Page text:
Wednesday, January 26, 2022

Boris Johnson has done enough to fend off the immediate challenge for leadership, but the threat is not yet over

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Only the most hostile MPs openly oppose the Prime Minister for the time being, while others await Sue Gray’s verdict

But it seems like enough to curb the anger of Conservative MPs – for now.

Boris Johnson’s future is in grave danger. His statement to the House of Commons claiming he only went to a lockdown party because it looked like a “work incident” will not put an end to the scandal.

Backbenchers rushed into the Chamber of Commons for questions from the Prime Minister and cheered as he entered, but were repeatedly cast into silence as opposition MPs read heartbreaking reports of families being forced into isolation while No. 10 staff drank in the sun.

More than a dozen Tory MPs asked Mr Johnson questions, and each one avoided the topic of parties: instead, they asked about washing machines, the Rutland dinosaur, television fees, and – to the laughter of the opposition – job centers.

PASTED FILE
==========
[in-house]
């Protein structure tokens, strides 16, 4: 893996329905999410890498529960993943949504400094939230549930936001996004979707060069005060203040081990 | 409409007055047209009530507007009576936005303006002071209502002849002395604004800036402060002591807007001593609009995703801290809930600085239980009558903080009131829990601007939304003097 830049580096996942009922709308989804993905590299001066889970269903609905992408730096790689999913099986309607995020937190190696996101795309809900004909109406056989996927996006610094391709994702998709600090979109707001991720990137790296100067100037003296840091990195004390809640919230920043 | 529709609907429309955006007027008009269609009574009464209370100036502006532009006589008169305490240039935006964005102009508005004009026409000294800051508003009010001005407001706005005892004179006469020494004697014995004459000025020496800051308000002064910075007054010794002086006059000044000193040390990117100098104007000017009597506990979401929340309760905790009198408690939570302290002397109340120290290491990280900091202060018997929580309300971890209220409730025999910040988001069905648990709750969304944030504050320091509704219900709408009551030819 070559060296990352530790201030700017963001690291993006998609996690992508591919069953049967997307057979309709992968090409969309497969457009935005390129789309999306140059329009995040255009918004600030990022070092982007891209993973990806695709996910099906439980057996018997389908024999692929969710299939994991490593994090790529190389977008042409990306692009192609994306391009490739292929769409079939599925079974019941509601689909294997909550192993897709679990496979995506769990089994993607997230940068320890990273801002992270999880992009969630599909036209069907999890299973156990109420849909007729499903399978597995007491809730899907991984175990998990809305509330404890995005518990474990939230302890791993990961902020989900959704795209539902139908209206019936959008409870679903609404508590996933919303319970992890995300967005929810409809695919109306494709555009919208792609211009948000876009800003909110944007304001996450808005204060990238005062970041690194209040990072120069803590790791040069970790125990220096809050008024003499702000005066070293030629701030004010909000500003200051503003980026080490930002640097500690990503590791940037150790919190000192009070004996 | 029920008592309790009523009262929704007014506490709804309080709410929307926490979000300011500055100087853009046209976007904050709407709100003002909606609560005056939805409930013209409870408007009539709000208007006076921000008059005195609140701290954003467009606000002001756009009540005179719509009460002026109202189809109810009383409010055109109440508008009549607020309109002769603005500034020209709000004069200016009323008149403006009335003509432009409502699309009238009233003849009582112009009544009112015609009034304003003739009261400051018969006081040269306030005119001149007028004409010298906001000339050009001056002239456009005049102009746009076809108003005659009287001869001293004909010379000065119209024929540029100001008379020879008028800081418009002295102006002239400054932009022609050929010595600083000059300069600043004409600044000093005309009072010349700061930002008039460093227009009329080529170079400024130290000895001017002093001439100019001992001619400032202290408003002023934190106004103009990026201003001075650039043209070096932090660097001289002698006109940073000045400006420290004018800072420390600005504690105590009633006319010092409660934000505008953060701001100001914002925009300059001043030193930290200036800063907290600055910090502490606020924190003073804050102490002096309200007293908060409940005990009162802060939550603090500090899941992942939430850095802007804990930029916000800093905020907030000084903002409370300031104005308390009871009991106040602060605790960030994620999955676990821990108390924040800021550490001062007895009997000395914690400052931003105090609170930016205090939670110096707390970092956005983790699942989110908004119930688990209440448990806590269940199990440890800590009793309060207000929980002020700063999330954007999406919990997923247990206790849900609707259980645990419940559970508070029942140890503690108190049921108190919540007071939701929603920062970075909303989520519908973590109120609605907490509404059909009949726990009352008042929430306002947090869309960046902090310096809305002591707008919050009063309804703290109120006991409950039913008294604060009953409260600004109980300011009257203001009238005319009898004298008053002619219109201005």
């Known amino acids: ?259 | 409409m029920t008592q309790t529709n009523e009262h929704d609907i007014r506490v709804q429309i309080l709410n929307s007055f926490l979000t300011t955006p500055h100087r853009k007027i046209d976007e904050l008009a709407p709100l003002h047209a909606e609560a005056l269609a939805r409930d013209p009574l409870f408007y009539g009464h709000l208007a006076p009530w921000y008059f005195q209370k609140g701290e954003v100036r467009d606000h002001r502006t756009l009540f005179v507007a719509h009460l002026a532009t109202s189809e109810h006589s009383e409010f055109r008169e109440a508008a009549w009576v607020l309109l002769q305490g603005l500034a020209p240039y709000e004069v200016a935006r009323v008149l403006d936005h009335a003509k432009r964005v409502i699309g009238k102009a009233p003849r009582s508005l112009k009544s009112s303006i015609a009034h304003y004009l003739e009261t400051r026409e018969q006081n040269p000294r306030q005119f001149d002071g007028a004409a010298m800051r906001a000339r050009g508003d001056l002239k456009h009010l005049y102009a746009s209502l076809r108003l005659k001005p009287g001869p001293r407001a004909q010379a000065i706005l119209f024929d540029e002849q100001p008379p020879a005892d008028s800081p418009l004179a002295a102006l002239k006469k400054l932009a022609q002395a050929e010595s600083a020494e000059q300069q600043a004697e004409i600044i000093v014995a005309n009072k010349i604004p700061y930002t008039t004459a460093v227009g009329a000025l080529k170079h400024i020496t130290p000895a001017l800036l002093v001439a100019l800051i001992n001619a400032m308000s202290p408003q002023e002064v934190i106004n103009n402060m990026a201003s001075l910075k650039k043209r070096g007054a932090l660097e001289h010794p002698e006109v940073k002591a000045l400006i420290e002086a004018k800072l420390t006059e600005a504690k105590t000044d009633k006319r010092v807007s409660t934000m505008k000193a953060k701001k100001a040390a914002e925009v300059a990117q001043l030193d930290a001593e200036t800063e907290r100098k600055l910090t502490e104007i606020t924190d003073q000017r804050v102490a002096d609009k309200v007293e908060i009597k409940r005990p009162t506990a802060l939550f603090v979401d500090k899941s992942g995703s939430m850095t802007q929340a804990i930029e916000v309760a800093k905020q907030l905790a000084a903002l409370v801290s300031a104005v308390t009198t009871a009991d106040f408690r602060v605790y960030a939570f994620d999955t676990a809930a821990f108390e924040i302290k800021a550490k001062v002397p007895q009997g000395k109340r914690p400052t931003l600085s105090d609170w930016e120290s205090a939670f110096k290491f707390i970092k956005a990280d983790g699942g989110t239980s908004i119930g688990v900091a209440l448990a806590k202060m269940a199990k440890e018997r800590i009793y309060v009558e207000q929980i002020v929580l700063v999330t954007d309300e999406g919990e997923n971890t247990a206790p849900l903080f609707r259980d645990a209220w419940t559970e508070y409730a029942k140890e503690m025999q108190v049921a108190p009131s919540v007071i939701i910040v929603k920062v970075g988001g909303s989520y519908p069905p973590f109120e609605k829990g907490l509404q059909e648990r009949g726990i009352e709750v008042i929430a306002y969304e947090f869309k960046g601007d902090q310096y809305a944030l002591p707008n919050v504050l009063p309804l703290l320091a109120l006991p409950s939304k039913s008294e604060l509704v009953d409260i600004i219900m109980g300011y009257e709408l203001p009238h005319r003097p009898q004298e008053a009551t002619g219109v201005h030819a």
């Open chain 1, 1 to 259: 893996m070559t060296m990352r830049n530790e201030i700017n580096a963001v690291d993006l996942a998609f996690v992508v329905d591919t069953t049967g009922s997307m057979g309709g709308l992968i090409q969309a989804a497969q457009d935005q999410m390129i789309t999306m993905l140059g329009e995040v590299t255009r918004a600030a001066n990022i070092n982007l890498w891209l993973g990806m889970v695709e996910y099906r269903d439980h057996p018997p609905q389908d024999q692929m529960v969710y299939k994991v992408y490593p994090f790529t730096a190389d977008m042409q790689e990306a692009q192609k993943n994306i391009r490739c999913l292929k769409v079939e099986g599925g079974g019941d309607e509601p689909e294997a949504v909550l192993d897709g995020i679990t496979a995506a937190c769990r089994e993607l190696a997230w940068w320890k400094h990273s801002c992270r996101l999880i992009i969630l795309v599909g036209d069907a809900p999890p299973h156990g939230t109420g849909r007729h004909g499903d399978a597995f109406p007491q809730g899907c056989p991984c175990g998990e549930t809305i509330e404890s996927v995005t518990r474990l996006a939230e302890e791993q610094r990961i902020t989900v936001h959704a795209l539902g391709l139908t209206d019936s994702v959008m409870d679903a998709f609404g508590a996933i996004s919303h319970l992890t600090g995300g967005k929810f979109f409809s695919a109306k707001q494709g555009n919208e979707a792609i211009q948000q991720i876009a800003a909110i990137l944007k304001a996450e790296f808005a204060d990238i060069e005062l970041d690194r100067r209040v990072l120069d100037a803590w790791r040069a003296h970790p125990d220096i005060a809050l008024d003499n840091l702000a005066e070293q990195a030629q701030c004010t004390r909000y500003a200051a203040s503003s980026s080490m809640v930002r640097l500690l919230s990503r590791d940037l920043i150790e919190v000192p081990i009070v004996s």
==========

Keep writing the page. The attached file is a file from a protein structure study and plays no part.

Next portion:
For a handful of already disgruntled Conservatives, the Prime Minister’s admission of partaking of the drinks is the last straw. But those who broke cover and called for his resignation are the usual suspects who have long spoken out against Mr Johnson.

He who holds the fate of his leader in his hand holds the fire. It is the seasoned former ministers and young trainees who are loyal in public but who are now deeply concerned that the prime minister is doing more than good to the Tories.

They are concerned about the Downing Street rule violation but by and large ready to help Mr Johnson when in doubt – at least until Sue Gray finishes her report detailing what happened.

Nobody except Sir Graham Brady knows how many letters the backbench supremo currently has in his inbox asking for a vote of no confidence.

Badly informed Westminster gossip puts the number at two dozen, but in reality it could only be four or five. However, if Mrs Gray rules against the Prime Minister later this month, there is no doubt that Sir Graham will be inundated.

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